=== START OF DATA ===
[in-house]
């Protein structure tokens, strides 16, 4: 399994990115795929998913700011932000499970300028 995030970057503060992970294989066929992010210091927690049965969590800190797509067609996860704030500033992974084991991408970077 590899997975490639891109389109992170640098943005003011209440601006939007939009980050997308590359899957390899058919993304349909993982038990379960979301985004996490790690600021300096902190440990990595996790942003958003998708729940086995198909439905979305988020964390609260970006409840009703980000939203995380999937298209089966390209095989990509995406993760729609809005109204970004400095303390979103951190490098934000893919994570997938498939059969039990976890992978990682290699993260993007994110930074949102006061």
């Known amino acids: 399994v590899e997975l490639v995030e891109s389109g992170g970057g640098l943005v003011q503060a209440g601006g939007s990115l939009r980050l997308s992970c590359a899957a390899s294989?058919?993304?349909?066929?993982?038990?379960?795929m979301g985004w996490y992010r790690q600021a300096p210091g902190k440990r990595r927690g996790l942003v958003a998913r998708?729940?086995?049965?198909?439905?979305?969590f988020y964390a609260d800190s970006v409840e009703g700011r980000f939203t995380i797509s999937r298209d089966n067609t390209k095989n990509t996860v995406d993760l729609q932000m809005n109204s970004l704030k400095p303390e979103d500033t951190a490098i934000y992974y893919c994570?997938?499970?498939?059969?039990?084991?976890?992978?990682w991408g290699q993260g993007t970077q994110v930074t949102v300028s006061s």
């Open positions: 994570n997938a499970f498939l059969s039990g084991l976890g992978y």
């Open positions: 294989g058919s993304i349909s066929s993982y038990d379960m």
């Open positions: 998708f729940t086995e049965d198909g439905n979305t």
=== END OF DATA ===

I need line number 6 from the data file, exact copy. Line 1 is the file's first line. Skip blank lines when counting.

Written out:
């Open positions: 998708f729940t086995e049965d198909g439905n979305t």